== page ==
• G E Mayers
                              Stephen, What other information do you have about his unit? Yr. Obt. Svt. G E Gerry Mayers To Be A Virginian, either by birth, marriage, adoption, or even on
                              Message 14 of 30 , Jun 1, 2007
                              • 0 Attachment
                                Stephen,

                                What other information do you have about his unit?

                                Yr. Obt. Svt.
                                G E "Gerry" Mayers

                                To Be A Virginian, either by birth, marriage, adoption, or even
                                on one's mother's side, is an introduction to any state in the
                                Union, a passport to any foreign country, and a benediction from
                                the Almighty God. --Anonymous
                                ----- Original Message -----
                                From: "Stephen Recker" <recker@...>
                                To: <TalkAntietam@yahoogroups.com>
                                Sent: Friday, June 01, 2007 1:41 PM
                                Subject: [TalkAntietam] Lt. March of the 32nd MA


                                > Anyone know anything about this fellow? Thanks.
                                >
                                > Stephen Recker
                                >
                                >
                              • Stephen Recker
                                I seem to remember hearing/reading somewhere that Stonewall Jackson, some time around the morning of September 15th, wrote Lee from Harper s Ferry that, I
                                Message 15 of 30 , Jun 1, 2007
                                • 0 Attachment
                                  I seem to remember hearing/reading somewhere that Stonewall Jackson,
                                  some time around the morning of September 15th, wrote Lee from Harper's
                                  Ferry that, "I will meet you in Sharpsburg". Can't find the cite.
                                  Actually can only find Stonewall asking Lee where he should go after
                                  the fall of HF. Any thoughts? Thanks.

                                  Stephen Recker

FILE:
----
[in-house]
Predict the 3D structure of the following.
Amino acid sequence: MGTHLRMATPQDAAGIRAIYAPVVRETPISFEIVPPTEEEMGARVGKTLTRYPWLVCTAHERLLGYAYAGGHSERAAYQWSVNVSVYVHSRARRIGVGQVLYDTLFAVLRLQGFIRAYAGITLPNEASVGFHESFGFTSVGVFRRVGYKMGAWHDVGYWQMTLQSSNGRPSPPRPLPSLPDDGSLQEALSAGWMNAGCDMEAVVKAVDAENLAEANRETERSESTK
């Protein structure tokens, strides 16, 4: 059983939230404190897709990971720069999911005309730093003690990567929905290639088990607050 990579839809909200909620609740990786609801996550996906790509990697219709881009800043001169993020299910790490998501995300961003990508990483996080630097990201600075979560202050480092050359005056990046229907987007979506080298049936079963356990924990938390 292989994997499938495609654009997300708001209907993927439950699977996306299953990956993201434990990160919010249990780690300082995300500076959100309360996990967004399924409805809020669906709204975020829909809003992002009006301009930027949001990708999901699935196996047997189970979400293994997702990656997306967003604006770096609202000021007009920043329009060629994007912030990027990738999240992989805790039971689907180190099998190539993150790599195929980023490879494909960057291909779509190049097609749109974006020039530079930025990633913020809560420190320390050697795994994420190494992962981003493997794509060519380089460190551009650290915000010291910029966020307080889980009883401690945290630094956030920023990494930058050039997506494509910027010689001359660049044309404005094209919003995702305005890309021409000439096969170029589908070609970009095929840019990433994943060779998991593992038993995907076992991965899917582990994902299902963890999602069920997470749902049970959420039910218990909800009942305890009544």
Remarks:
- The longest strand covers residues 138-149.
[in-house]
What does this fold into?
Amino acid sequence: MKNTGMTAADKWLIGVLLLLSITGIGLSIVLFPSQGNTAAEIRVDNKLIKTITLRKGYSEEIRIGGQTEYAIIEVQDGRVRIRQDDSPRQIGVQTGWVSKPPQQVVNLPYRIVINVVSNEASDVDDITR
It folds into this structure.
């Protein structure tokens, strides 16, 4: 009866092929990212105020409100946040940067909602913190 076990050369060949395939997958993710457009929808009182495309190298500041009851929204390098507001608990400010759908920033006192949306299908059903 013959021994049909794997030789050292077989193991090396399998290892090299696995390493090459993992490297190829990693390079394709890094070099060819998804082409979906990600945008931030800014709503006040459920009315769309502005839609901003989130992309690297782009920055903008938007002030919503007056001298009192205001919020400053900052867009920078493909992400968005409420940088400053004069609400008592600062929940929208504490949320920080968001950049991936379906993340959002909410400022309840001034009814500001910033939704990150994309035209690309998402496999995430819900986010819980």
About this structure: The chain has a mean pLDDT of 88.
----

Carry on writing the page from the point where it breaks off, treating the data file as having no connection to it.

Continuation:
• Thomas Clemens
                                  Steve, 1st lt. James E. March mustered in with te regiment, mustered out 10/27/1864 on expiration of service, was recommissioned from civil life 12/1/1864.
                                  Message 16 of 30 , Jun 2, 2007
                                  • 0 Attachment
                                    Steve,
                                    1st lt. James E. March mustered in with te regiment, mustered out
                                    10/27/1864 on expiration of service, was "recommissioned from civil
                                    life" 12/1/1864. Offical Army Register, Vol. I, p. 200.

                                    Tom Clemens


                                    Thomas G. Clemens D.A.
                                    Professor of History
                                    Hagerstown Community College


                                    >>> "G E Mayers" <gerry1952@...> 06/01/07 1:48 PM >>>
                                    Stephen,

                                    What other information do you have about his unit?

                                    Yr. Obt. Svt.
                                    G E "Gerry" Mayers

                                    To Be A Virginian, either by birth, marriage, adoption, or even
                                    on one's mother's side, is an introduction to any state in the
                                    Union, a passport to any foreign country, and a benediction from
                                    the Almighty God. --Anonymous
                                    ----- Original Message -----
                                    From: "Stephen Recker" <recker@...>
                                    To: <TalkAntietam@yahoogroups.com>
                                    Sent: Friday, June 01, 2007 1:41 PM